Cherry Blossom Time in KyotoICSE-98 will be held in Kyoto, which is the cultural soul of Japan. Nestled among low mountains, it is blessed with both natural beauty and a rich historical legacy. It is the ideal site for international conventions. From its establishment as Japan's capital in 794 until the Meiji Restoration in 1868, Kyoto flourished as the center of government, commerce and culture in Japan. Traditional arts and an abundance of shrines and temples give the city its distinct character. With nearly 1.5 million residents, Kyoto is a vibrant mixture of old and new. Many high-tech firms have chosen it as their headquarters, and the city boasts 47 public and private colleges and universities. These significant intellectual resources combine with Kyoto's long history and tradition to provide an ideal milieu for innovation and creativity. Natural Beauty: Kyoto is a panorama of the changing seasons; from the springtime cherry blossoms lining narrow walkways and the lush greenery of summer, to the brilliant autumn foliage of Japanese maples and the delicate layer of snow covering the surrounding mountain sides in winter. The passage of seasons is also evident in the beautiful gardens of Kyoto's ancient temples and shrines.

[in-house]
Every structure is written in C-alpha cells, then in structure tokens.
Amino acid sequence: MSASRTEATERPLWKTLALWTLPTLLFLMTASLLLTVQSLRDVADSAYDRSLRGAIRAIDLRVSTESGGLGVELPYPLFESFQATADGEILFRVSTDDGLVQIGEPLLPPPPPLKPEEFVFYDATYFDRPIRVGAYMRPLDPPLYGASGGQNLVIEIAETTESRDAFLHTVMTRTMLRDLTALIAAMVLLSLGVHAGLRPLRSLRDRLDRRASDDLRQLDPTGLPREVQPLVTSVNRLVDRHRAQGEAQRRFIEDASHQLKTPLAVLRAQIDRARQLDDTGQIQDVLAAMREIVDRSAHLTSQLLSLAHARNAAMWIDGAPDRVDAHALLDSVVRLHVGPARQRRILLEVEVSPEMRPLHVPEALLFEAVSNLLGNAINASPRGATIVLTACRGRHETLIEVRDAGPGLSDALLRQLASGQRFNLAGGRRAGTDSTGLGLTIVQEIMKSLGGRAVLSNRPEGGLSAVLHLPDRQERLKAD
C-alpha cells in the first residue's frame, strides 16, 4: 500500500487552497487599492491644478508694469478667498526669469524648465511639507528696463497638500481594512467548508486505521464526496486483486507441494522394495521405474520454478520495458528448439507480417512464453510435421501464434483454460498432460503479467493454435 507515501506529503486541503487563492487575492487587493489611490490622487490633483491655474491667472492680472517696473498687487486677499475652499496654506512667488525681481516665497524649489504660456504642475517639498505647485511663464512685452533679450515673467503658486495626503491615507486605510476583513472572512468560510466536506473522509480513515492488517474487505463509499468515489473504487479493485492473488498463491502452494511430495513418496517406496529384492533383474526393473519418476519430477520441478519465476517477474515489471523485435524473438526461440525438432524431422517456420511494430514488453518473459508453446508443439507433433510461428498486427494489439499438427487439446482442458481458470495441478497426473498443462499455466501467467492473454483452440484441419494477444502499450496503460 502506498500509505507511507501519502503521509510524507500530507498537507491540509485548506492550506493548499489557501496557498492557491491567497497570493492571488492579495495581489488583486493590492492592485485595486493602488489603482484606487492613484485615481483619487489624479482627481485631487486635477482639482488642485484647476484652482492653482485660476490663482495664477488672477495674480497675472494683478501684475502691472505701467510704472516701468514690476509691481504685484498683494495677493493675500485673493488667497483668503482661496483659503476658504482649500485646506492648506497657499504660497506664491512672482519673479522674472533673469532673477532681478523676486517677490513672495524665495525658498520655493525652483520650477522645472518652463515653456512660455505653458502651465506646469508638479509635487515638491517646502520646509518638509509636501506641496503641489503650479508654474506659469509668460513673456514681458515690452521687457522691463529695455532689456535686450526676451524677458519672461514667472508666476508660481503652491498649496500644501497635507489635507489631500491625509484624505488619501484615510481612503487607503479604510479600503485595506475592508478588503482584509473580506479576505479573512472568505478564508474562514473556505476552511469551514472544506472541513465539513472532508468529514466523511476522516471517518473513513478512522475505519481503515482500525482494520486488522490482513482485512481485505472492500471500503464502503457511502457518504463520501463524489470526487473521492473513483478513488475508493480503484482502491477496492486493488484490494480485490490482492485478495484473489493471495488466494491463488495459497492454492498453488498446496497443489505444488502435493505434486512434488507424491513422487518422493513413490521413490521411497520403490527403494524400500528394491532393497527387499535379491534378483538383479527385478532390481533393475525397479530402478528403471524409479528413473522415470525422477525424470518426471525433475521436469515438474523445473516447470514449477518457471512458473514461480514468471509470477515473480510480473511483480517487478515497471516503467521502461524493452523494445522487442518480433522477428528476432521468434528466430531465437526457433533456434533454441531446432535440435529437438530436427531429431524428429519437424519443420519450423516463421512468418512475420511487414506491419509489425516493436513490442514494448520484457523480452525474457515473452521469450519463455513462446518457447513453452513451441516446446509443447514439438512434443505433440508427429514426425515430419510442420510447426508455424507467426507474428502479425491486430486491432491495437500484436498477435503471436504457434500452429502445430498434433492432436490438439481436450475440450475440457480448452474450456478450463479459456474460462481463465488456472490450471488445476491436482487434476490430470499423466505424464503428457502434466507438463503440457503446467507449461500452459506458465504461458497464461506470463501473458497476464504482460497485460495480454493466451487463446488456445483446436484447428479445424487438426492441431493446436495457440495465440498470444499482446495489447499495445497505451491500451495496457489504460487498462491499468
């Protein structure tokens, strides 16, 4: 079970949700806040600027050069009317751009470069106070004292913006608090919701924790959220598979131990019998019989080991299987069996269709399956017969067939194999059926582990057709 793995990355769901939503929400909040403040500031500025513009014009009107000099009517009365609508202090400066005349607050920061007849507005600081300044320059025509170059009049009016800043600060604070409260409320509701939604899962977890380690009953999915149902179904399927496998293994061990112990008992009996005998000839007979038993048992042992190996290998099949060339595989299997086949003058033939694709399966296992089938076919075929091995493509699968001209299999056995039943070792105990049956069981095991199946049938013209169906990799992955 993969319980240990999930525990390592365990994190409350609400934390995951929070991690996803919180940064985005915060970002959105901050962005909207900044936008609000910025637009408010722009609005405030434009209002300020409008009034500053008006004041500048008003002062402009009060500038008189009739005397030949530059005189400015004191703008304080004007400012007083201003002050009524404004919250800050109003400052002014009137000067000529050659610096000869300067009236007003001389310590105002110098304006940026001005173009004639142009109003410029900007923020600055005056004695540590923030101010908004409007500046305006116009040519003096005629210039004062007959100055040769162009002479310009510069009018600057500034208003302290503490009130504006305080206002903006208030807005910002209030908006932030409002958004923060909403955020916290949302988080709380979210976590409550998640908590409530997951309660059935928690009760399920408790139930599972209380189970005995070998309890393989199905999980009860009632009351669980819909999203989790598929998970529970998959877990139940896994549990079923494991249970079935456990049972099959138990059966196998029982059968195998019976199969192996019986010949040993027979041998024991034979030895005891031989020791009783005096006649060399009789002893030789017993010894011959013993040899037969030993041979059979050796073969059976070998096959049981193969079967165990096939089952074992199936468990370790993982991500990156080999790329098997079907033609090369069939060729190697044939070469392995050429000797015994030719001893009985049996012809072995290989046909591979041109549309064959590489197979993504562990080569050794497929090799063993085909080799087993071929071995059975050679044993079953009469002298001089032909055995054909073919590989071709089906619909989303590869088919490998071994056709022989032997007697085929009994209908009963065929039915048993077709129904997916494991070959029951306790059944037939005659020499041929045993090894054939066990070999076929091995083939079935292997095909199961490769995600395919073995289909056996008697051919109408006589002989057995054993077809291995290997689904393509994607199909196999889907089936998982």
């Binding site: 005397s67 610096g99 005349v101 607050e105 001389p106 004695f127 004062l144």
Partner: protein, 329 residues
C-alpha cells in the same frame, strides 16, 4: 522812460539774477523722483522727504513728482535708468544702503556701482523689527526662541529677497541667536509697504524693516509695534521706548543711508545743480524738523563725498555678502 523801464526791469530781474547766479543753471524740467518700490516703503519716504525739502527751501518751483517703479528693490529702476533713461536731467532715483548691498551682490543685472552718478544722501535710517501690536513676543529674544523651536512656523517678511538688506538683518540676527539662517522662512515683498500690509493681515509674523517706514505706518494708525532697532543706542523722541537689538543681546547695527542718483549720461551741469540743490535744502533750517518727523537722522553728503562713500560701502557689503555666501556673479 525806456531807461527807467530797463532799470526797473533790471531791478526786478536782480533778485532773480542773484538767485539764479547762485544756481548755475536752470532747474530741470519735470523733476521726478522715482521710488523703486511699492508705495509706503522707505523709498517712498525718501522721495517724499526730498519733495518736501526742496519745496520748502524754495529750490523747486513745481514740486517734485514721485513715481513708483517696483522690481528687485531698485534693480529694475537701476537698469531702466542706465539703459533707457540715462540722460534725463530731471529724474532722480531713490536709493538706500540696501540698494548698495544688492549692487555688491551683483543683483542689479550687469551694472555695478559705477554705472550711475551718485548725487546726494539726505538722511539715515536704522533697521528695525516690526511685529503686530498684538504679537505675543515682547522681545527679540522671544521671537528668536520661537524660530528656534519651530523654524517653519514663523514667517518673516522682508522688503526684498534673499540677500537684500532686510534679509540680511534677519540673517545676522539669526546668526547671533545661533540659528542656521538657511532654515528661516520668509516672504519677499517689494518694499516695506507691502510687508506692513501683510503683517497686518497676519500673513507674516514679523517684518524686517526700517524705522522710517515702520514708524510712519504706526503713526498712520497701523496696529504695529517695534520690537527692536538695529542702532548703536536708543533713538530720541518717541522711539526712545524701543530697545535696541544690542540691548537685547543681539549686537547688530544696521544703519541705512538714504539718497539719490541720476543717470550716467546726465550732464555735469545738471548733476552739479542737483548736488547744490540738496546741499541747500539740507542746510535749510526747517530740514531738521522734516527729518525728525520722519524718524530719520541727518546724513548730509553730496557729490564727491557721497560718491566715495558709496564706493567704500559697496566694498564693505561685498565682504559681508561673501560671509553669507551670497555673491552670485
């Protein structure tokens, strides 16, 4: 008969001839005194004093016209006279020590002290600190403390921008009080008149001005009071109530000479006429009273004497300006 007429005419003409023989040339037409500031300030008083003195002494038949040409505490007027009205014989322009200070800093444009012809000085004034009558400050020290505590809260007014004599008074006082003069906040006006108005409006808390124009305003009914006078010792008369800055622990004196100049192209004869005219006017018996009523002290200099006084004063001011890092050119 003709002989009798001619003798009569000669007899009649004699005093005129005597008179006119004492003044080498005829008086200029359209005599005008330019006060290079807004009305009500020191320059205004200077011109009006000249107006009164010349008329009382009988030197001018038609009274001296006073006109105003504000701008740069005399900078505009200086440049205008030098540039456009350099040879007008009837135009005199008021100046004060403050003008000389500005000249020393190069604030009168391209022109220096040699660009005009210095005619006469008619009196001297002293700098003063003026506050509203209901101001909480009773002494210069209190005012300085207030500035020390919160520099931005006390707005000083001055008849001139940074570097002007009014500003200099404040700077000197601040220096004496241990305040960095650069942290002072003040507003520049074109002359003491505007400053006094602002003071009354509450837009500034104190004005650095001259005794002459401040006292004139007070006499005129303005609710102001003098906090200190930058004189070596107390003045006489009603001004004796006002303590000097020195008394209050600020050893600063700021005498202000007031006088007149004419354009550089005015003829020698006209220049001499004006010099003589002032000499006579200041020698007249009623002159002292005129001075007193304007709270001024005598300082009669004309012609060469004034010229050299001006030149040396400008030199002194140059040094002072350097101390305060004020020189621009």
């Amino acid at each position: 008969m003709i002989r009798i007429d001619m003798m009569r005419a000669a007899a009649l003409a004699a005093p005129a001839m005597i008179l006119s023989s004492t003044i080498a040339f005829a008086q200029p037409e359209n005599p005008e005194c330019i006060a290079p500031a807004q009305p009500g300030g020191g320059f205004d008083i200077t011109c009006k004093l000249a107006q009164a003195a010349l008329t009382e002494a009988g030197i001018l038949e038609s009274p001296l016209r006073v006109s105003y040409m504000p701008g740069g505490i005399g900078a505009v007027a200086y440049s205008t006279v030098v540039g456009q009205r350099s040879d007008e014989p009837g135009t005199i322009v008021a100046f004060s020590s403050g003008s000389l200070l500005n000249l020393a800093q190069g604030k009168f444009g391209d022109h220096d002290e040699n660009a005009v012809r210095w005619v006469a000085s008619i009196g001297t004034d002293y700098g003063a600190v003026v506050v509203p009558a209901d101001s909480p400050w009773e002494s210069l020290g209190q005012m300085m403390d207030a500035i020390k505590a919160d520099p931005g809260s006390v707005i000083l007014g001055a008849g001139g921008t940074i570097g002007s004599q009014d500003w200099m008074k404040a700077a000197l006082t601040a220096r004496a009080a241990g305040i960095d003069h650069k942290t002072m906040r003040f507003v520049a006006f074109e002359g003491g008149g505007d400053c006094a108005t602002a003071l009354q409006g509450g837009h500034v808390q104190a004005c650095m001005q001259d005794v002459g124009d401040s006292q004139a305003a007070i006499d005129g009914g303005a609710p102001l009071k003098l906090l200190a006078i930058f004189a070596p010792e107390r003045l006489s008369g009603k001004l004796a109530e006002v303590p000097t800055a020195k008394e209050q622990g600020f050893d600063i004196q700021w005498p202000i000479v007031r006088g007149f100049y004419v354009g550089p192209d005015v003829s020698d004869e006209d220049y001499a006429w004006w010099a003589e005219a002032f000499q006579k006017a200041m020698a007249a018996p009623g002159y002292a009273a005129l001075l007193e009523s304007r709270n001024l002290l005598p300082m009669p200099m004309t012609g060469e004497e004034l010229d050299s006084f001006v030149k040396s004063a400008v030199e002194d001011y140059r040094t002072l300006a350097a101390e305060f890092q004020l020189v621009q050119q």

Cultural Heritage: Reflecting its long history as the cultural and religious center of Japan, Kyoto is home to nearly 2,000 Buddhist temples and Shinto shrines. The city's international cultural significance was recognized when 17 historical sites in Kyoto were designated as UNESCO World Cultural Heritage Sites. Kyoto is the location of 20% of Japan's national treasures. More than 60 museums throughout the city offer visitors the opportunity to view priceless works of art and important cultural objects.
Kyoto International Conference Hall: Japan's leading convention center, the Kyoto International Conference Hall, is a complex consisting of seven separate conference halls, the largest of which can hold 2,000 persons. Another 70 conference rooms of various sizes are available for smaller meetings. Two large banquet halls and a Japanese landscape garden offer additional settings for convention participants to meet and communicate informally.
Transport: Kyoto has many modern hotels with accommodations for up to 20,000 visitors. Located near the center of Japan, it is readily accessible by land and air. The high-speed Shinkansen (bullet train) links Tokyo with Kyoto in 2 hours and 15 minutes. Overseas visitors arriving at Kansai International Airport have a comfortable 75-minute ride by the Haruka Express train to Kyoto Station. Kyoto has a well-developed public transportation system of trains, subways and buses. Extensions to the Kyoto subway system will provide a direct link from Kyoto Station to the Kyoto International Conference Hall by the end of July '97.
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